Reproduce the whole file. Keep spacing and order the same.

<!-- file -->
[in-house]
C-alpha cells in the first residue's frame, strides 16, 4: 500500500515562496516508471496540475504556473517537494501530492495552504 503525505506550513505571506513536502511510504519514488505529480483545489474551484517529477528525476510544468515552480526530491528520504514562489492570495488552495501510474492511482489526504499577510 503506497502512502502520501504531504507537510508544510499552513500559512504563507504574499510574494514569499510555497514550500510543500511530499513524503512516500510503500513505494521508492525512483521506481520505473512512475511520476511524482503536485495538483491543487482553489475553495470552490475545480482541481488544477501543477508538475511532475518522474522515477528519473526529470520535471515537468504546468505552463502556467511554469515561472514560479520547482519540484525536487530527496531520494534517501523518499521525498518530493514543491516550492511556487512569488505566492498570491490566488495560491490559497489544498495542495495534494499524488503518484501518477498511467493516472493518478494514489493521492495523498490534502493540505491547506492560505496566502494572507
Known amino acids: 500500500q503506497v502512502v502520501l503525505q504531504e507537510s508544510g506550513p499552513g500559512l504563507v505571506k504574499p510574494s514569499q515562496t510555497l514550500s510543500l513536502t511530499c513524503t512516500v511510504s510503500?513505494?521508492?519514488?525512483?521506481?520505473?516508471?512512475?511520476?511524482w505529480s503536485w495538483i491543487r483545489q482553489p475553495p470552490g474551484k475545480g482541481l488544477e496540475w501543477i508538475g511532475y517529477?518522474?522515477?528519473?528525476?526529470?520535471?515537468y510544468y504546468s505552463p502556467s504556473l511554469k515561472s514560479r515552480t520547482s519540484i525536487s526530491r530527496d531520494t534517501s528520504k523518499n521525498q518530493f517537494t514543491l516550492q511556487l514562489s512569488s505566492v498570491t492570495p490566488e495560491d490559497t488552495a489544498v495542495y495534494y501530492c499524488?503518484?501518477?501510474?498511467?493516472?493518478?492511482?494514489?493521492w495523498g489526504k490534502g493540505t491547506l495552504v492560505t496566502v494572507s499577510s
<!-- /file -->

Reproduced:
[in-house]
C-alpha cells in the first residue's frame, strides 16, 4: 500500500515562496516508471496540475504556473517537494501530492495552504 503525505506550513505571506513536502511510504519514488505529480483545489474551484517529477528525476510544468515552480526530491528520504514562489492570495488552495501510474492511482489526504499577510 503506497502512502502520501504531504507537510508544510499552513500559512504563507504574499510574494514569499510555497514550500510543500511530499513524503512516500510503500513505494521508492525512483521506481520505473512512475511520476511524482503536485495538483491543487482553489475553495470552490475545480482541481488544477501543477508538475511532475518522474522515477528519473526529470520535471515537468504546468505552463502556467511554469515561472514560479520547482519540484525536487530527496531520494534517501523518499521525498518530493514543491516550492511556487512569488505566492498570491490566488495560491490559497489544498495542495495534494499524488503518484501518477498511467493516472493518478494514489493521492495523498490534502493540505491547506492560505496566502494572507
Known amino acids: 500500500q503506497v502512502v502520501l503525505q504531504e507537510s508544510g506550513p499552513g500559512l504563507v505571506k504574499p510574494s514569499q515562496t510555497l514550500s510543500l513536502t511530499c513524503t512516500v511510504s510503500?513505494?521508492?519514488?525512483?521506481?520505473?516508471?512512475?511520476?511524482w505529480s503536485w495538483i491543487r483545489q482553489p475553495p470552490g474551484k475545480g482541481l488544477e496540475w501543477i508538475g511532475y517529477?518522474?522515477?528519473?528525476?526529470?520535471?515537468y510544468y504546468s505552463p502556467s504556473l511554469k515561472s514560479r515552480t520547482s519540484i525536487s526530491r530527496d531520494t534517501s528520504k523518499n521525498q518530493f517537494t514543491l516550492q511556487l514562489s512569488s505566492v498570491t492570495p490566488e495560491d490559497t488552495a489544498v495542495y495534494y501530492c499524488?503518484?501518477?501510474?498511467?493516472?493518478?492511482?494514489?493521492w495523498g489526504k490534502g493540505t491547506l495552504v492560505t496566502v494572507s499577510s